anonymous
  • anonymous
why cant i apply the alternating series test to this series sigma n=1 to infinity (-1)^n-1 sin n
Mathematics
schrodinger
  • schrodinger
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anonymous
  • anonymous
Says here, to use alternating it should be of the for -1^(n+1) or -1^n
anonymous
  • anonymous
is there any other explanation besides that
anonymous
  • anonymous
No. The point is there are many test and any one of them may be inconclusive and you may have to use another one in conjunction with it. Flexibility is needed on your part.

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anonymous
  • anonymous
so if there was a minus sign n-1 then it would be alternating?
anonymous
  • anonymous
I am not sure what you are referring to.
anonymous
  • anonymous
"Says here, to use alternating it should be of the for -1^(n+1) or -1^n 10 minutes ago "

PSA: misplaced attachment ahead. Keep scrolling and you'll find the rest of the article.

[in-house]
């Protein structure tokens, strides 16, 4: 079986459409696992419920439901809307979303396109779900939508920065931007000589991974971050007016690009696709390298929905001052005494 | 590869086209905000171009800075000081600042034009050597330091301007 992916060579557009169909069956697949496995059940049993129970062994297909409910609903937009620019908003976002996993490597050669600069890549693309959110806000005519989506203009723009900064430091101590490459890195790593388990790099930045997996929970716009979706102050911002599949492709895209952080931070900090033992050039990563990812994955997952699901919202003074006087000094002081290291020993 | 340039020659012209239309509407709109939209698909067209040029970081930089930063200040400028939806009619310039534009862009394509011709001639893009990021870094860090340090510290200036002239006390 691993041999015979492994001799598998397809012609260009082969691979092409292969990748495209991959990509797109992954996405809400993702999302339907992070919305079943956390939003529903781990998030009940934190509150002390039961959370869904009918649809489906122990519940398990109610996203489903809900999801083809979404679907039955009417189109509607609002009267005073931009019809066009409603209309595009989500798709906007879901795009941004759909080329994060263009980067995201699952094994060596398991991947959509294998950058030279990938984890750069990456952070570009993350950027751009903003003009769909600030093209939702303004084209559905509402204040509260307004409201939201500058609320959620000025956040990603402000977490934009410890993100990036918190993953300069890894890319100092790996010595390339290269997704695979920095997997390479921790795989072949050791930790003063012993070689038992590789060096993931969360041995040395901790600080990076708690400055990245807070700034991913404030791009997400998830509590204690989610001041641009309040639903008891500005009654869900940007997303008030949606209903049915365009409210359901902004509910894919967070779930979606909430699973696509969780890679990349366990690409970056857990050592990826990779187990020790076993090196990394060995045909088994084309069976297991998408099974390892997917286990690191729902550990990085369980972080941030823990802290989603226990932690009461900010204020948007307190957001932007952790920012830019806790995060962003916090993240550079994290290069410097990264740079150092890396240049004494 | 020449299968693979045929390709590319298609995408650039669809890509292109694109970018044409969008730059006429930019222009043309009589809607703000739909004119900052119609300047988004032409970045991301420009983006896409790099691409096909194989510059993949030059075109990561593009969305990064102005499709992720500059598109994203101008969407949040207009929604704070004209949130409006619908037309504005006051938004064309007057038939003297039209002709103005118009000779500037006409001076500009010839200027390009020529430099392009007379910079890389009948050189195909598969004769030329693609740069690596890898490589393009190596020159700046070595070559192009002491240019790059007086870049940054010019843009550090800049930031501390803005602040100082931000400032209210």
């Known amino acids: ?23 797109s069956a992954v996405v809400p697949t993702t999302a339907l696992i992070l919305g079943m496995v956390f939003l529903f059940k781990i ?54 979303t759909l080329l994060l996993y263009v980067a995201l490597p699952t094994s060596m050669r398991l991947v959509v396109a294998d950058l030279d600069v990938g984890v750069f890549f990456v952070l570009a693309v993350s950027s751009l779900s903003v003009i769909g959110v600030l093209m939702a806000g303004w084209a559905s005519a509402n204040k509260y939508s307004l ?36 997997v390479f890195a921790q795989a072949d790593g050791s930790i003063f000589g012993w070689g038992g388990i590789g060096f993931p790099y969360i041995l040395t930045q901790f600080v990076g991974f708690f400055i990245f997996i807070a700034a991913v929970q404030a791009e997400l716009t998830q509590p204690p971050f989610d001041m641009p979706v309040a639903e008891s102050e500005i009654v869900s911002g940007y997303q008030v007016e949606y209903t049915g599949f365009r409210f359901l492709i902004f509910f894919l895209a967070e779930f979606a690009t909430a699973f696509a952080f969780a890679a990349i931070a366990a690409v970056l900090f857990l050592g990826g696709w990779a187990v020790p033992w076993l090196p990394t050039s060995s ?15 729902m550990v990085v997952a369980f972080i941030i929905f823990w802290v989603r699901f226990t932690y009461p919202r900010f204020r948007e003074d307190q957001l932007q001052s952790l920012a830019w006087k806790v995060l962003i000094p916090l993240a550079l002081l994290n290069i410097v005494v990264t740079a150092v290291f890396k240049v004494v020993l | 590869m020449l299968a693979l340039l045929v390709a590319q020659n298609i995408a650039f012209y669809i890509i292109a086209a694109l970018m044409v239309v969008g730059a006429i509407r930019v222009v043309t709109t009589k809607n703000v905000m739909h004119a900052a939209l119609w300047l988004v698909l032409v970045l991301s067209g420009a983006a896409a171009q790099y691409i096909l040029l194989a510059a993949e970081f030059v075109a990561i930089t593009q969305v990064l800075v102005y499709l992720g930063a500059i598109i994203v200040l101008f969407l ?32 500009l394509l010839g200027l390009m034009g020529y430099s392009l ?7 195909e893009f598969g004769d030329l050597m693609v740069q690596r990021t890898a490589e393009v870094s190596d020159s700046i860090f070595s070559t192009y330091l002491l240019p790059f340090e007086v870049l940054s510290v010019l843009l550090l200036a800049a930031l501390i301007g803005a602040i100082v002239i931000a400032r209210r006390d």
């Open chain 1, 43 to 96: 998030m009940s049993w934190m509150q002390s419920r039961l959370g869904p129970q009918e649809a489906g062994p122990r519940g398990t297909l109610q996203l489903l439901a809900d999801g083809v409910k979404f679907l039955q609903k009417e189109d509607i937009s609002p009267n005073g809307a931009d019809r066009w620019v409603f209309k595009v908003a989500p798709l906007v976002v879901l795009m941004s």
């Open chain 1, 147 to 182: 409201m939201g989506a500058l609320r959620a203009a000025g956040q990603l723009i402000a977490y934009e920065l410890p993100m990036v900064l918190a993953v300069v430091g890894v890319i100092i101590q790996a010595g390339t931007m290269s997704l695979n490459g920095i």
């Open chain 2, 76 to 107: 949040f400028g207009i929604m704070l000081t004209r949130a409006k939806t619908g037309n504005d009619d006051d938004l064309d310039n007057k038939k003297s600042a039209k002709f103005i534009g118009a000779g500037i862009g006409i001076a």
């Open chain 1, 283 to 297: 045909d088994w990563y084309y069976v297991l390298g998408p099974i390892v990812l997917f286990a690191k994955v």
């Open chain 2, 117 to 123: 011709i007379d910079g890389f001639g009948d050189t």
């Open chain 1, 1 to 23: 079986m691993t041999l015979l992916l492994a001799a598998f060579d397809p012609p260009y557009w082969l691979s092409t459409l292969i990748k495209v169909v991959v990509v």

anonymous
  • anonymous
Yeah. Yours is not like that. Yours has n-1 in the exponent.
anonymous
  • anonymous
so those are the only two main condition that cause it to have alternative signs
anonymous
  • anonymous
I think its -1 in front that makes it alternating. Yours is alternating but they don't like the n-1 in the exponent
anonymous
  • anonymous
when i plugged in values i gott two negatives and then two positive
anonymous
  • anonymous
Yep, that's what they mean by alternating
anonymous
  • anonymous
now im kinda of confused then why is it that in this problem we can apply the test if thats what happens
anonymous
  • anonymous
OK, with the power vested in me, I hereby give you permission to use the alternating series test.
anonymous
  • anonymous
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